Feb 12 2011

Opinon: Errors Noted in Piedmont Post article on Piedmont Swim Club

A Letter from Tim Rood, President of the Piedmont Swim Club, concerning a Piedmont Post article on Swim Club lease negotiations.

Your February 9 article’s suggestions that the City staff didn’t know about the renovation in the 1990’s that removed the pool gutters and that the language the City was seeking in the new lease was needed to prevent a similar occurrence was wrong on both counts. First, both the Club’s and City’s lease proposals required the City’s prior approval of projects over $25,000. Second, the City approved the renovation plans that removed the gutters in the 1990s – the renovation plans stamped “Approved – City of Piedmont” are on file at City Hall. So if, as you suggest, that work was done “apparently without the direct knowledge of City staff,” they must not have been doing their jobs very well.

The notion presented by Council members Wieler and Fujioka that the City Attorney’s one-sided lease language was non-negotiable and necessary to protect the City is laughable. The City is now going to spend about $300k of taxpayers money annually 1) because the Swim Club offered to give it the right to have a neutral arbitrator decide whether an expenditure from the Club-funded Capital Improvement Fund was improper, but not the right to veto our use of those funds and keep the money; 2) because maintaining the pool in satisfactory condition was no longer good enough – we had to let them change anything that wasn’t to their liking and send us the bill; 3) because we wouldn’t agree to pick up the entire tab for the City’s legal costs if a lease voluntarily entered into was challenged; and 4) because we questioned why we should have to get pollution insurance that no other pool has, although we said we would look into it. This language certainly would have protected the City, but no reasonable operator could have agreed to it. The cost of insisting on a blank check from the Swim Club families is that the City now has to assume the cost of running the pool.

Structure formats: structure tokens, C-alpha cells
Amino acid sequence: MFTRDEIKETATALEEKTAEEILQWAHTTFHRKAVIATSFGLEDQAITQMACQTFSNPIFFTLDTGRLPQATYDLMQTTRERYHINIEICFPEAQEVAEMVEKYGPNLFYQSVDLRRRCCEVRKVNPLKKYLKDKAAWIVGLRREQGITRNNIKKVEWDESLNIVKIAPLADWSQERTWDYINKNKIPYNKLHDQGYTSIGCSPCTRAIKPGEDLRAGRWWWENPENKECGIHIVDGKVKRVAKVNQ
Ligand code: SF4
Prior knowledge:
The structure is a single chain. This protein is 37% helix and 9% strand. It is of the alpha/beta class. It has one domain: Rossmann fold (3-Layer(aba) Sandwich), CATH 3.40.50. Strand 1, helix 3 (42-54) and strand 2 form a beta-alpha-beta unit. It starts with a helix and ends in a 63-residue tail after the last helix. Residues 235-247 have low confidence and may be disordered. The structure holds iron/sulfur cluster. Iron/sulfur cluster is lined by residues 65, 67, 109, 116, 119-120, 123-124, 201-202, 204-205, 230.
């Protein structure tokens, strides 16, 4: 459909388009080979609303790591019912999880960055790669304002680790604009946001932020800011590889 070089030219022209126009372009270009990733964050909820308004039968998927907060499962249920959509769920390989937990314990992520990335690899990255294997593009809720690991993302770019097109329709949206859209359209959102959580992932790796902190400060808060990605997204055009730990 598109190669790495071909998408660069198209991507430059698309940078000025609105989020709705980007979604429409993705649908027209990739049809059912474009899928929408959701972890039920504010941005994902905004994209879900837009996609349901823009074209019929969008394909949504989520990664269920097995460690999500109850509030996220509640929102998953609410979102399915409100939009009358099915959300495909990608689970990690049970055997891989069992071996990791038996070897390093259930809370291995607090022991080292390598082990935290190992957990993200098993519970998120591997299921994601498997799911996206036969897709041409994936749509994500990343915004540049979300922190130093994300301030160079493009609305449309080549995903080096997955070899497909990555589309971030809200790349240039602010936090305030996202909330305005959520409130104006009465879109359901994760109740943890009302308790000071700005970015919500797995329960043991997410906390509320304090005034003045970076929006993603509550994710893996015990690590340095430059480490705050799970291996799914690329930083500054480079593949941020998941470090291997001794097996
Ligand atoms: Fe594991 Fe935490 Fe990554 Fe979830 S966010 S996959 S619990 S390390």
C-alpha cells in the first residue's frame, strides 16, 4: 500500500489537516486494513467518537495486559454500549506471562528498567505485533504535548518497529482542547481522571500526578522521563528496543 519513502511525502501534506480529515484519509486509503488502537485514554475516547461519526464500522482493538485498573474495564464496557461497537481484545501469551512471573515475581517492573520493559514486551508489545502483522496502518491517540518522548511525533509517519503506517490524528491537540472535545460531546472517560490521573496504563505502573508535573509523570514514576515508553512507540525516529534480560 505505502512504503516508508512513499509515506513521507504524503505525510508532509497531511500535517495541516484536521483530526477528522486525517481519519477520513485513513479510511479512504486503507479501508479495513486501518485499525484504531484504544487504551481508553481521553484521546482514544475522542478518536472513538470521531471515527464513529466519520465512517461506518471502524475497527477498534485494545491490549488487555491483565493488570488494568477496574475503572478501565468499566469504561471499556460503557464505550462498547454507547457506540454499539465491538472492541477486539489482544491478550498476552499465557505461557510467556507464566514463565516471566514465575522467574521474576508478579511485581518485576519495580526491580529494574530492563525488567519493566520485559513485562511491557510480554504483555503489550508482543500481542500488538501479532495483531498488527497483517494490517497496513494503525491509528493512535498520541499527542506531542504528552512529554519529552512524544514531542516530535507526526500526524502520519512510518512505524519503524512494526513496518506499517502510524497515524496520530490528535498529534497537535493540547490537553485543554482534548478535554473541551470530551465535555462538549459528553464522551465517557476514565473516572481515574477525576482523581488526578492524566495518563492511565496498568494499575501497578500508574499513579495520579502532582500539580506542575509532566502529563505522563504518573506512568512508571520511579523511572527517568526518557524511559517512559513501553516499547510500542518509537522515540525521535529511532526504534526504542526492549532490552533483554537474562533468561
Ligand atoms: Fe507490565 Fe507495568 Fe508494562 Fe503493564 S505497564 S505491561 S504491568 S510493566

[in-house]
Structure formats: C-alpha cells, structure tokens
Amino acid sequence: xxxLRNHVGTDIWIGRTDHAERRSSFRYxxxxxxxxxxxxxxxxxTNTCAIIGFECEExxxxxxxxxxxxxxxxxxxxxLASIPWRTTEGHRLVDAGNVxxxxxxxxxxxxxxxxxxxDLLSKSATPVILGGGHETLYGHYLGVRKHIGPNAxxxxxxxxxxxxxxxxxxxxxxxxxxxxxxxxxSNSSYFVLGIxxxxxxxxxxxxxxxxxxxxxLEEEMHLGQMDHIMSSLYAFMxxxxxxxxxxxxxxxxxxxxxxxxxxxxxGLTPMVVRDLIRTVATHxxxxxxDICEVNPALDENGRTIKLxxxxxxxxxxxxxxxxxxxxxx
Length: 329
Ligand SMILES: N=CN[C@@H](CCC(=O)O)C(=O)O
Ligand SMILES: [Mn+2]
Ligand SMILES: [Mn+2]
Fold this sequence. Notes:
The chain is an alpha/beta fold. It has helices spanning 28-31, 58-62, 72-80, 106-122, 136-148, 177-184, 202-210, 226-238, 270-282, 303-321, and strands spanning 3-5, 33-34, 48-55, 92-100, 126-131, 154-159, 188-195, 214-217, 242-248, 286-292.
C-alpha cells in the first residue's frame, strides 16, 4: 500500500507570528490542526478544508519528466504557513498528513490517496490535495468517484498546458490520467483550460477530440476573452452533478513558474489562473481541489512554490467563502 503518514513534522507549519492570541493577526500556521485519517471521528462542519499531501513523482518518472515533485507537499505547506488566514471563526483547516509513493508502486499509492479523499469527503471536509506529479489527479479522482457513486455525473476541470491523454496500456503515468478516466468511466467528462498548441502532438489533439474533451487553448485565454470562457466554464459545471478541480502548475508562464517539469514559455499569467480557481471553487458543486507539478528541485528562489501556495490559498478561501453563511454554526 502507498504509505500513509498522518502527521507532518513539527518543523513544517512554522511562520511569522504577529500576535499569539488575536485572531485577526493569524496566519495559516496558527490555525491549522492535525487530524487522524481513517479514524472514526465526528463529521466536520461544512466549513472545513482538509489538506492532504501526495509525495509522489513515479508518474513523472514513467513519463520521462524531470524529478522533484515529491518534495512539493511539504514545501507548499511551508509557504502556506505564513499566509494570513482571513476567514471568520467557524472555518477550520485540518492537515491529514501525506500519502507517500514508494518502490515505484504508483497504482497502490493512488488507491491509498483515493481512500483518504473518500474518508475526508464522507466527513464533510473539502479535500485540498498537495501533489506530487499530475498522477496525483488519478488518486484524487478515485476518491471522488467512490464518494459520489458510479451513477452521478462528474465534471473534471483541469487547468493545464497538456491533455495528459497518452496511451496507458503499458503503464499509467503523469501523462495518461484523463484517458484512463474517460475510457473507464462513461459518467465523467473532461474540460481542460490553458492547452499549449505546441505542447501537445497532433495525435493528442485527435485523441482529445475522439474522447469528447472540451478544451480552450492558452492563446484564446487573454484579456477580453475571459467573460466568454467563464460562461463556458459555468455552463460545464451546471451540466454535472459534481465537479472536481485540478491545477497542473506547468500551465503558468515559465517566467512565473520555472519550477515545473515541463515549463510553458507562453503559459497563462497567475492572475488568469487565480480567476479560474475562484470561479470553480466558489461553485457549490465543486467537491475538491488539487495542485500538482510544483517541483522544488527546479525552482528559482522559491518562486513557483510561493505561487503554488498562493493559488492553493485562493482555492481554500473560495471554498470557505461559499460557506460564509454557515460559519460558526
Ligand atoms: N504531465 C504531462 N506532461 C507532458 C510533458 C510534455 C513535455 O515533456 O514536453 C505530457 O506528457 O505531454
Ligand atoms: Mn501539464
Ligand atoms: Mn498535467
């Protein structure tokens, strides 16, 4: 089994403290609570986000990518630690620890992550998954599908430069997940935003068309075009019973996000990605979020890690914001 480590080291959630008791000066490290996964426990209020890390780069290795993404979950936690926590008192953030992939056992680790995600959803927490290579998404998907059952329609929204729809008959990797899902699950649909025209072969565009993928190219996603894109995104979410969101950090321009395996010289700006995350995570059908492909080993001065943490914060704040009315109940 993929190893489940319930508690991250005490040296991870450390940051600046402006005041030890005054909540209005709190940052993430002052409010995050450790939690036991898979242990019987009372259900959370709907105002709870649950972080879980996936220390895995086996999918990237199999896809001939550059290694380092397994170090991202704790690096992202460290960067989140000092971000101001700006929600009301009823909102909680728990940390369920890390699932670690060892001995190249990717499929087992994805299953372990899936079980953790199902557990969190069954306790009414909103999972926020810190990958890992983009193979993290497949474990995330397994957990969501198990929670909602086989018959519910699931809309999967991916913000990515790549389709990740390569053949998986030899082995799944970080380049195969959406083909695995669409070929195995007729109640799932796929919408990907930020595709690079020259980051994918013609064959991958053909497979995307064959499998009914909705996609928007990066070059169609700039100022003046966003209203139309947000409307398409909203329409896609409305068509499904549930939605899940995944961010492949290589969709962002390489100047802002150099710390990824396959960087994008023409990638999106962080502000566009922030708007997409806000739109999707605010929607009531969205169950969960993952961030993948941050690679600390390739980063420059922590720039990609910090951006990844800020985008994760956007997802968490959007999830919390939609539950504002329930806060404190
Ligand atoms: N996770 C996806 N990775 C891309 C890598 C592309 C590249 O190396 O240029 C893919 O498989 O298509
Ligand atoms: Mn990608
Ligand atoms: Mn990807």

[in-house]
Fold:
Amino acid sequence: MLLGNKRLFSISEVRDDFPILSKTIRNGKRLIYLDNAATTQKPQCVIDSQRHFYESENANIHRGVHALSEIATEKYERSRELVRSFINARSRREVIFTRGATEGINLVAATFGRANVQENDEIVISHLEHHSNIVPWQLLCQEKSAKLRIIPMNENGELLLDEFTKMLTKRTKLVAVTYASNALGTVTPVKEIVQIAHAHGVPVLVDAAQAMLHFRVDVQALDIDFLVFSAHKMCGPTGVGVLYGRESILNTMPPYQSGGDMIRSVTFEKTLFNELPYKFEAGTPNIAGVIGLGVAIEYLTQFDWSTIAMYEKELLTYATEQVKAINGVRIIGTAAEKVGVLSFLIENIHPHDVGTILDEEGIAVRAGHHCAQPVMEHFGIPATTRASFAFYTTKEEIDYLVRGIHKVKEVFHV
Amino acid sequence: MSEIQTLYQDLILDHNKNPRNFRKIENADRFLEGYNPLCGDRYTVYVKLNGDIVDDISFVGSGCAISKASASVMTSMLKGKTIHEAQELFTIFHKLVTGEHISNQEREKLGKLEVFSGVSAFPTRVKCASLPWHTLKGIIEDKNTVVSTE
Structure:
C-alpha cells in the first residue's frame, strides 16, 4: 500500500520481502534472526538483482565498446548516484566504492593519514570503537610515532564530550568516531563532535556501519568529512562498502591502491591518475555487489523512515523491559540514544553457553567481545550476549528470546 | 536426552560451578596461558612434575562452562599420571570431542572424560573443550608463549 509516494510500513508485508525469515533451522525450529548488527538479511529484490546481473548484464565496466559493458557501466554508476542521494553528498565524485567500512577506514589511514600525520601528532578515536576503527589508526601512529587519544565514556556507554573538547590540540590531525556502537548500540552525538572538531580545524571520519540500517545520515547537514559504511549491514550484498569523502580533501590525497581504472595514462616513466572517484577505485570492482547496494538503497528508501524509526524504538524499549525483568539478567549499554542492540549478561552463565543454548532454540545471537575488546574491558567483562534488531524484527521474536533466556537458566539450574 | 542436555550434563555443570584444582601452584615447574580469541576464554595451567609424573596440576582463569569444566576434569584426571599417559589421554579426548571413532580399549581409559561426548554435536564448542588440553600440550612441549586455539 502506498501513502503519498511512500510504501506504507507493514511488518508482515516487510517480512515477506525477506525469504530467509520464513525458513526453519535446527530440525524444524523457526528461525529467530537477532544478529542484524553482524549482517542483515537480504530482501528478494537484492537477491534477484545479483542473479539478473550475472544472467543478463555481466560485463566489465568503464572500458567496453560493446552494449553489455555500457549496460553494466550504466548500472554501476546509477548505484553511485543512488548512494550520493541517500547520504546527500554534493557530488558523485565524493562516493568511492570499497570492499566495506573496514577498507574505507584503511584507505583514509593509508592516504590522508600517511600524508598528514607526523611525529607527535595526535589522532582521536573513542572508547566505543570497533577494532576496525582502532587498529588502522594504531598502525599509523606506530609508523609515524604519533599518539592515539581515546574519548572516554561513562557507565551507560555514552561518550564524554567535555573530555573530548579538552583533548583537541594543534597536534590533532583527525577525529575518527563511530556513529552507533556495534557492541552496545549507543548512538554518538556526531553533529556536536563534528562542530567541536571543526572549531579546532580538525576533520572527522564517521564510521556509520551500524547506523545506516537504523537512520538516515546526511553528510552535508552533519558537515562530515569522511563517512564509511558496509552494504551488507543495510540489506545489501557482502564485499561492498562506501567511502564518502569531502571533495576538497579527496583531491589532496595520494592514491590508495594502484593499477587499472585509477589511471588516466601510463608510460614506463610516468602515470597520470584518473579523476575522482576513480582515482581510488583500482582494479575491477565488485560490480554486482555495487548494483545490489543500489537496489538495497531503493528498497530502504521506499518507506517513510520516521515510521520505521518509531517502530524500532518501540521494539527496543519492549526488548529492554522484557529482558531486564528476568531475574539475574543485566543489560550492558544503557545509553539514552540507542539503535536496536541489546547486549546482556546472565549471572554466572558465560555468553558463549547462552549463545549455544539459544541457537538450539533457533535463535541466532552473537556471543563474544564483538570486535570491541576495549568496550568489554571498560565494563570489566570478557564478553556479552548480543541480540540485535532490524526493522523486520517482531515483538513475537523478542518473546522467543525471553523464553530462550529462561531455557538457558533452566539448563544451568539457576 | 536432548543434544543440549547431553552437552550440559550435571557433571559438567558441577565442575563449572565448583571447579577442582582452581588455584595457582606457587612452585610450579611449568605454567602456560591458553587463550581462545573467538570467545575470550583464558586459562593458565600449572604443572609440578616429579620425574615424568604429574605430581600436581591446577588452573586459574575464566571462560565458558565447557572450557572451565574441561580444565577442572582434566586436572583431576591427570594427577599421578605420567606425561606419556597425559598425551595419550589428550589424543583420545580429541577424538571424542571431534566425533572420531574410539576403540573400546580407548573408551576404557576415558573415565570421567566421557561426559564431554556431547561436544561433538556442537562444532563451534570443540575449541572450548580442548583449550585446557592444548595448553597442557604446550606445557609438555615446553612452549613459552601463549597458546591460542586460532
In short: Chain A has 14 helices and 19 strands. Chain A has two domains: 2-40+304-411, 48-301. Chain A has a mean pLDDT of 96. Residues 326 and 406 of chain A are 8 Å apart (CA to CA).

In fact the haz mat fight, despite their trying to dress it up as a big language issue, was really over who paid for the insurance the City said it needed and we questioned. The City could have agreed to buy its own insurance and let the Club operate the pool, saving the taxpayers the $300k. Now, the City will have to buy that insurance anyway, have the added risk that it is now potentially liable as the one handling the materials, not just the owner of the land, and will have to shell out the $300k to operate the pool. If that somehow makes the City better off, we fail to see how. Still, many Swim Club families look forward to more affordable public access to the pool under municipal operation, with the cost apportioned over all of Piedmont’s 3,600 households instead of the 500 families who had been paying the full freight for so many years.

Tim Rood
Piedmont Swim Club Board President

(This letter expresses the personal opinions of the author. All statements made are the opinion of the writer and not necessarily those of the Piedmont Civic Association.)

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